You might think that northern Africa is linguistically dominated by Arabic because, well, it is. Arabic is the primary language in most countries in the north of the continent, spoken as a native language by most of the population. But it’s certainly not the only language. The linguistic diversity of Africa may surprise you, with around 2,000 languages spoken all across the continent—including in northern Africa. That’s what brings us to Chad and Sudan, where the minority Masalit language is spoken.
Roughly 440,000 people speak Masalit as their first language, which comprises less than half of the ethnic Masalit population. Indeed, most Masalit people also speak Arabic—many forgoing their ancestral language entirely—which poses a threat to the entire ethnolinguistic community. The Masalit people face danger and severe discrimination in wider Sudan to begin with, with targeted ethnic violence not uncommon. At TranslationServices.com, we support the peaceful co-existence of all people and wish to offer our new Masalit translation services to support the culture and language of the Masalit people.
If you’d like a free quote for our Masalit translation services, simply ask for one!
Discovering what the Masalit language is like
The Masalit people straddle the border between Chad and Sudan, residing in the Ouaddaï Region of eastern Chad and the West Dafur and South Dafur states of western Sudan. Their language comes in two primary varieties: “Heavy” Masalit, spoken by high-ranking people and people in the countryside, characterized by a complicated, inflection-heavy grammatical structure, and “Light” Masalit, the regional lingua franca spoken at home, in town, and in school, featuring a simplified grammatical structure and many loanwords from Sudanese Arabic. It’s a member of the Nilo–Saharan language family, found on the Maban branch.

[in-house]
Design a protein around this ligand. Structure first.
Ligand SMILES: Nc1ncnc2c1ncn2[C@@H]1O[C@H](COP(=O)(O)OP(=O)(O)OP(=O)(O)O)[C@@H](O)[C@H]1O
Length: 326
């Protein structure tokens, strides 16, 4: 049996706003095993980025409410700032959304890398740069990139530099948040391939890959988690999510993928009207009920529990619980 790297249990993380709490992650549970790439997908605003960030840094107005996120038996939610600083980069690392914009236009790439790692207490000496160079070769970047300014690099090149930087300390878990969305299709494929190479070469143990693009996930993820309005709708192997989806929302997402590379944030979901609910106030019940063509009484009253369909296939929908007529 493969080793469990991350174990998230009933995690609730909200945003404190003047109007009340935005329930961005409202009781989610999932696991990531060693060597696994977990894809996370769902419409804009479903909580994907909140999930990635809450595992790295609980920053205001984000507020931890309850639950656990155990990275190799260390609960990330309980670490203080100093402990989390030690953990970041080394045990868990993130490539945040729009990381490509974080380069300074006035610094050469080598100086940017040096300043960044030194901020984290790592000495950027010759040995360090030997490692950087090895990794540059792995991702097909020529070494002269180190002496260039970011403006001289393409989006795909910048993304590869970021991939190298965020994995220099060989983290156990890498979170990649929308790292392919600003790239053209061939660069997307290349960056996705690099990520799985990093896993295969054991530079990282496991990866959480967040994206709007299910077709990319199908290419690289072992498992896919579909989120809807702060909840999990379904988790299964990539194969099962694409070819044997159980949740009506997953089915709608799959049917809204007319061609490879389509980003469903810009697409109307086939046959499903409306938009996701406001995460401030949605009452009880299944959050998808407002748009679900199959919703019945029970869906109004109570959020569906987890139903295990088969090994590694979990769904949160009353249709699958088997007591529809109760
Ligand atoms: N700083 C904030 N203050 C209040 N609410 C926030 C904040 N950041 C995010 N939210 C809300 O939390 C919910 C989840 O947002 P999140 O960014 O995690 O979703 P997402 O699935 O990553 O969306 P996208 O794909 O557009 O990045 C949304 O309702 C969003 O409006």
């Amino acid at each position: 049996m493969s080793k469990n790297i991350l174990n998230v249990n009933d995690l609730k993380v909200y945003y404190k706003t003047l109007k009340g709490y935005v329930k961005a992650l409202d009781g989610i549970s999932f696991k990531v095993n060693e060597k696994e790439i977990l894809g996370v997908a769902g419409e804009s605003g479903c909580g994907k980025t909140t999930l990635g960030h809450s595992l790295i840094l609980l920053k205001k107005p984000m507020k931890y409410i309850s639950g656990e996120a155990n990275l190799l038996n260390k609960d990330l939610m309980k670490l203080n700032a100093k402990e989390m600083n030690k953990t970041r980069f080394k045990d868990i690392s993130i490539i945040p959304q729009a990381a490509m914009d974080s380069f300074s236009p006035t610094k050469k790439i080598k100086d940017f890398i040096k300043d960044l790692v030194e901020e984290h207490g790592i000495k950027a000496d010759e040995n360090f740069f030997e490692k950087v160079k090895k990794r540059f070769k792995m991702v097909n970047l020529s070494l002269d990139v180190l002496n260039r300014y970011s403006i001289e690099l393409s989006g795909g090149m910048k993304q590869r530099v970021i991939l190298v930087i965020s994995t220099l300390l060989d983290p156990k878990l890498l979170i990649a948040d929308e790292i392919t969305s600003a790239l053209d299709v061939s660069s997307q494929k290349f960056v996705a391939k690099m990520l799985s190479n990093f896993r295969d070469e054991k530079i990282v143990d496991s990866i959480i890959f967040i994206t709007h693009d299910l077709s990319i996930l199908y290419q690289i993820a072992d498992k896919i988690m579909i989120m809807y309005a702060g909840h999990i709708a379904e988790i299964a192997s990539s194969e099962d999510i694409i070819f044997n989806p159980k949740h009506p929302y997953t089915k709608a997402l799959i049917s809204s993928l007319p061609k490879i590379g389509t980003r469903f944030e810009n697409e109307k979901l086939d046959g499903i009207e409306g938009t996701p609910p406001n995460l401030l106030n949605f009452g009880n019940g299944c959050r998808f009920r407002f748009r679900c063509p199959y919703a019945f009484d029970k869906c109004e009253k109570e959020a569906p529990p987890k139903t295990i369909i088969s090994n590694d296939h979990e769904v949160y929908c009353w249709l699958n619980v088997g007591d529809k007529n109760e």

In terms of its word order, Masalit adopts the most common word order among the world’s languages: subject-object-verb. Nouns typically precede modifiers, with adjectives and numerals placed after the noun. Verbs in Masalit are conjugated to show both the subject and object, with the object preceding the subject. When implementing inflection on nouns and verbs, Masalit prefers suffixes over prefixes, described as a “heavily suffixing” language. The language also features nominal suffixes for definite and indefinite articles, the equivalent of English’s “the” and “a/an,” and does not distinguish between gender in its pronouns, unlike English’s “he” and “she.” These grammatical differences can make it hard to translate between English and Masalit, but it’s not hard for native Masalit speakers, like our team members.
We’re proud to serve a wide range of Masalit translation needs.
Our Masalit translators hail from different areas in both Chad and Sudan, speaking different varieties of the rich Masalit language. We’ve hired translators to represent both Heavy Masalit and Light Masalit, which ensures you receive a carefully tailored translation that adapts to your specific needs. As native speakers, our Masalit translators carefully navigate the complicated grammar of this African language to provide high-quality translation services in both directions, either from Masalit or to Masalit.
There are many reasons you may be looking for Masalit translation services, and our goal is to help you no matter why you’re coming to us. With translators specializing in different areas, we can match you with the right expert—you just have to let us know what you’re looking for. We can translate educational materials for use in local schools or by researchers in the region, or we can help businesses and organizations strengthen their presence in the region by connecting with local Masalit speakers. We also translate literary texts to and from the language, helping Masalit speakers tell their stories or bringing them new content from all around the world.
If you’re looking for the best Masalit translation services online, let us help you! Send us a message now to place your first order.